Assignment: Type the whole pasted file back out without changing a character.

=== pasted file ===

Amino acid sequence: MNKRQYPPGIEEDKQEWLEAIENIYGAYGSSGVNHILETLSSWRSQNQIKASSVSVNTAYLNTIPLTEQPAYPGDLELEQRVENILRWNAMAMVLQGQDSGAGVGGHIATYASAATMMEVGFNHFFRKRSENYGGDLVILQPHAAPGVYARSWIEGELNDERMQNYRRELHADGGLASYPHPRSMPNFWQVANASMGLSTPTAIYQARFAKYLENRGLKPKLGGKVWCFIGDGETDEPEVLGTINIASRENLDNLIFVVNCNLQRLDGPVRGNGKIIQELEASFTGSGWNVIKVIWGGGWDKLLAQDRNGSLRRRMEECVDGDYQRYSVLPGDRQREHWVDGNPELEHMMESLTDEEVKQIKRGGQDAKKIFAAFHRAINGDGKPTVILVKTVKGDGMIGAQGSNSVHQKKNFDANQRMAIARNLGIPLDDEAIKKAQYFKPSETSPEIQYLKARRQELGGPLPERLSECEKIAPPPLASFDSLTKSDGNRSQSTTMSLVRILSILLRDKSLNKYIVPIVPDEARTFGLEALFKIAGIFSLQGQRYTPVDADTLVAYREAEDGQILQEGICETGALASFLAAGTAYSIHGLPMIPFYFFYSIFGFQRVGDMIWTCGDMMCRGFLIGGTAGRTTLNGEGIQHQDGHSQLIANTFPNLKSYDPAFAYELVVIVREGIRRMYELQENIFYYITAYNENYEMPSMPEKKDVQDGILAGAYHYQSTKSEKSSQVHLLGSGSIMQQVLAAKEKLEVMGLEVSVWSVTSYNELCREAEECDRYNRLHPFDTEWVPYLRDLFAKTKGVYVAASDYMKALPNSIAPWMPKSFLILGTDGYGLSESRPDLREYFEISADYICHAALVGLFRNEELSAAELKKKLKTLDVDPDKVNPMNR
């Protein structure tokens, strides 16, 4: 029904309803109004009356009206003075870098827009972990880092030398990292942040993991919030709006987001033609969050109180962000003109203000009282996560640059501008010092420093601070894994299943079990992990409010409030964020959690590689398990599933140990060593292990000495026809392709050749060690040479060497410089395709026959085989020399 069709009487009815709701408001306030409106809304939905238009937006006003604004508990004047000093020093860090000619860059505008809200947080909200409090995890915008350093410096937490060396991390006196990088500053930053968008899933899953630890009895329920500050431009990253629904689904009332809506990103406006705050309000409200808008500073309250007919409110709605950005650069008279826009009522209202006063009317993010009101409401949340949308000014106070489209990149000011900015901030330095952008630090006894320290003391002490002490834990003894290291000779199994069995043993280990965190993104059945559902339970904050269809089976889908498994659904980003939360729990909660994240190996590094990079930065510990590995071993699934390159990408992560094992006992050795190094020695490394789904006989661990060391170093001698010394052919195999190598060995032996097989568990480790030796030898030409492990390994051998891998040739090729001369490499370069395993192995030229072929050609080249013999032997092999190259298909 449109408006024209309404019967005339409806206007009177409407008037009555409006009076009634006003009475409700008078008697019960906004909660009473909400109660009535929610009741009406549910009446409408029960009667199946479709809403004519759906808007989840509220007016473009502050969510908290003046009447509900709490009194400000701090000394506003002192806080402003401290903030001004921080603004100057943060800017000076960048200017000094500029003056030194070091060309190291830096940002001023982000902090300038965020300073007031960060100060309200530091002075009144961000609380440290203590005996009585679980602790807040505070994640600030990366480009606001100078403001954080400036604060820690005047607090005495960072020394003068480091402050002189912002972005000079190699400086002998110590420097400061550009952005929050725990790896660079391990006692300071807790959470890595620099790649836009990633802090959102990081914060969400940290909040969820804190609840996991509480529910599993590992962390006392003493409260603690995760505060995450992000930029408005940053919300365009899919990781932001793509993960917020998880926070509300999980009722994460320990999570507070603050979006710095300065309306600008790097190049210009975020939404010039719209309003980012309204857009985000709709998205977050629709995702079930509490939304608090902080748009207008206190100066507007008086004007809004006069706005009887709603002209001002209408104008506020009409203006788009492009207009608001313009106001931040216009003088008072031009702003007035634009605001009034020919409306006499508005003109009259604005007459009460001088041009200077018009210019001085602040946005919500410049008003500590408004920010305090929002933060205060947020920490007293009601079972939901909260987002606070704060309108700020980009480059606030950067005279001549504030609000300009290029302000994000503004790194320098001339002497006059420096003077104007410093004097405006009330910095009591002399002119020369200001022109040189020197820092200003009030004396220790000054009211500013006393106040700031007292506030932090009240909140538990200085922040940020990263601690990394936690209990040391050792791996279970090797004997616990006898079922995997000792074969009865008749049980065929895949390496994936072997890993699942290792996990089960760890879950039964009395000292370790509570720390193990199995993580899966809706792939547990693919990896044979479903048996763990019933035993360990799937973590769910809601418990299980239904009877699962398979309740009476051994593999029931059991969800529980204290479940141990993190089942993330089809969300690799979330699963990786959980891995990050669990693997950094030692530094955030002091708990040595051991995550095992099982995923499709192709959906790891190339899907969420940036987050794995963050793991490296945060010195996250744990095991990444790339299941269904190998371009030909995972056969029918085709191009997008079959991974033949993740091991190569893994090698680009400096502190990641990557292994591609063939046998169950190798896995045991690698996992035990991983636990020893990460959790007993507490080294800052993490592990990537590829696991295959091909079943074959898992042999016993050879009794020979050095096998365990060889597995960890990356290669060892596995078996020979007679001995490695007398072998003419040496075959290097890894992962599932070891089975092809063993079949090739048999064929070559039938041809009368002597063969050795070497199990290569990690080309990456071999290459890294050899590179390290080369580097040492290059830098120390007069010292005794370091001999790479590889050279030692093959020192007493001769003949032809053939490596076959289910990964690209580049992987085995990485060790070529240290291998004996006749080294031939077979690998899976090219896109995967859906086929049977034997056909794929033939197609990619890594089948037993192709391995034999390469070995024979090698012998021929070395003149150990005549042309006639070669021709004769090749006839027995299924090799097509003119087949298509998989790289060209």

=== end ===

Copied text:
Amino acid sequence: MNKRQYPPGIEEDKQEWLEAIENIYGAYGSSGVNHILETLSSWRSQNQIKASSVSVNTAYLNTIPLTEQPAYPGDLELEQRVENILRWNAMAMVLQGQDSGAGVGGHIATYASAATMMEVGFNHFFRKRSENYGGDLVILQPHAAPGVYARSWIEGELNDERMQNYRRELHADGGLASYPHPRSMPNFWQVANASMGLSTPTAIYQARFAKYLENRGLKPKLGGKVWCFIGDGETDEPEVLGTINIASRENLDNLIFVVNCNLQRLDGPVRGNGKIIQELEASFTGSGWNVIKVIWGGGWDKLLAQDRNGSLRRRMEECVDGDYQRYSVLPGDRQREHWVDGNPELEHMMESLTDEEVKQIKRGGQDAKKIFAAFHRAINGDGKPTVILVKTVKGDGMIGAQGSNSVHQKKNFDANQRMAIARNLGIPLDDEAIKKAQYFKPSETSPEIQYLKARRQELGGPLPERLSECEKIAPPPLASFDSLTKSDGNRSQSTTMSLVRILSILLRDKSLNKYIVPIVPDEARTFGLEALFKIAGIFSLQGQRYTPVDADTLVAYREAEDGQILQEGICETGALASFLAAGTAYSIHGLPMIPFYFFYSIFGFQRVGDMIWTCGDMMCRGFLIGGTAGRTTLNGEGIQHQDGHSQLIANTFPNLKSYDPAFAYELVVIVREGIRRMYELQENIFYYITAYNENYEMPSMPEKKDVQDGILAGAYHYQSTKSEKSSQVHLLGSGSIMQQVLAAKEKLEVMGLEVSVWSVTSYNELCREAEECDRYNRLHPFDTEWVPYLRDLFAKTKGVYVAASDYMKALPNSIAPWMPKSFLILGTDGYGLSESRPDLREYFEISADYICHAALVGLFRNEELSAAELKKKLKTLDVDPDKVNPMNR
């Protein structure tokens, strides 16, 4: 029904309803109004009356009206003075870098827009972990880092030398990292942040993991919030709006987001033609969050109180962000003109203000009282996560640059501008010092420093601070894994299943079990992990409010409030964020959690590689398990599933140990060593292990000495026809392709050749060690040479060497410089395709026959085989020399 069709009487009815709701408001306030409106809304939905238009937006006003604004508990004047000093020093860090000619860059505008809200947080909200409090995890915008350093410096937490060396991390006196990088500053930053968008899933899953630890009895329920500050431009990253629904689904009332809506990103406006705050309000409200808008500073309250007919409110709605950005650069008279826009009522209202006063009317993010009101409401949340949308000014106070489209990149000011900015901030330095952008630090006894320290003391002490002490834990003894290291000779199994069995043993280990965190993104059945559902339970904050269809089976889908498994659904980003939360729990909660994240190996590094990079930065510990590995071993699934390159990408992560094992006992050795190094020695490394789904006989661990060391170093001698010394052919195999190598060995032996097989568990480790030796030898030409492990390994051998891998040739090729001369490499370069395993192995030229072929050609080249013999032997092999190259298909 449109408006024209309404019967005339409806206007009177409407008037009555409006009076009634006003009475409700008078008697019960906004909660009473909400109660009535929610009741009406549910009446409408029960009667199946479709809403004519759906808007989840509220007016473009502050969510908290003046009447509900709490009194400000701090000394506003002192806080402003401290903030001004921080603004100057943060800017000076960048200017000094500029003056030194070091060309190291830096940002001023982000902090300038965020300073007031960060100060309200530091002075009144961000609380440290203590005996009585679980602790807040505070994640600030990366480009606001100078403001954080400036604060820690005047607090005495960072020394003068480091402050002189912002972005000079190699400086002998110590420097400061550009952005929050725990790896660079391990006692300071807790959470890595620099790649836009990633802090959102990081914060969400940290909040969820804190609840996991509480529910599993590992962390006392003493409260603690995760505060995450992000930029408005940053919300365009899919990781932001793509993960917020998880926070509300999980009722994460320990999570507070603050979006710095300065309306600008790097190049210009975020939404010039719209309003980012309204857009985000709709998205977050629709995702079930509490939304608090902080748009207008206190100066507007008086004007809004006069706005009887709603002209001002209408104008506020009409203006788009492009207009608001313009106001931040216009003088008072031009702003007035634009605001009034020919409306006499508005003109009259604005007459009460001088041009200077018009210019001085602040946005919500410049008003500590408004920010305090929002933060205060947020920490007293009601079972939901909260987002606070704060309108700020980009480059606030950067005279001549504030609000300009290029302000994000503004790194320098001339002497006059420096003077104007410093004097405006009330910095009591002399002119020369200001022109040189020197820092200003009030004396220790000054009211500013006393106040700031007292506030932090009240909140538990200085922040940020990263601690990394936690209990040391050792791996279970090797004997616990006898079922995997000792074969009865008749049980065929895949390496994936072997890993699942290792996990089960760890879950039964009395000292370790509570720390193990199995993580899966809706792939547990693919990896044979479903048996763990019933035993360990799937973590769910809601418990299980239904009877699962398979309740009476051994593999029931059991969800529980204290479940141990993190089942993330089809969300690799979330699963990786959980891995990050669990693997950094030692530094955030002091708990040595051991995550095992099982995923499709192709959906790891190339899907969420940036987050794995963050793991490296945060010195996250744990095991990444790339299941269904190998371009030909995972056969029918085709191009997008079959991974033949993740091991190569893994090698680009400096502190990641990557292994591609063939046998169950190798896995045991690698996992035990991983636990020893990460959790007993507490080294800052993490592990990537590829696991295959091909079943074959898992042999016993050879009794020979050095096998365990060889597995960890990356290669060892596995078996020979007679001995490695007398072998003419040496075959290097890894992962599932070891089975092809063993079949090739048999064929070559039938041809009368002597063969050795070497199990290569990690080309990456071999290459890294050899590179390290080369580097040492290059830098120390007069010292005794370091001999790479590889050279030692093959020192007493001769003949032809053939490596076959289910990964690209580049992987085995990485060790070529240290291998004996006749080294031939077979690998899976090219896109995967859906086929049977034997056909794929033939197609990619890594089948037993192709391995034999390469070995024979090698012998021929070395003149150990005549042309006639070669021709004769090749006839027995299924090799097509003119087949298509998989790289060209």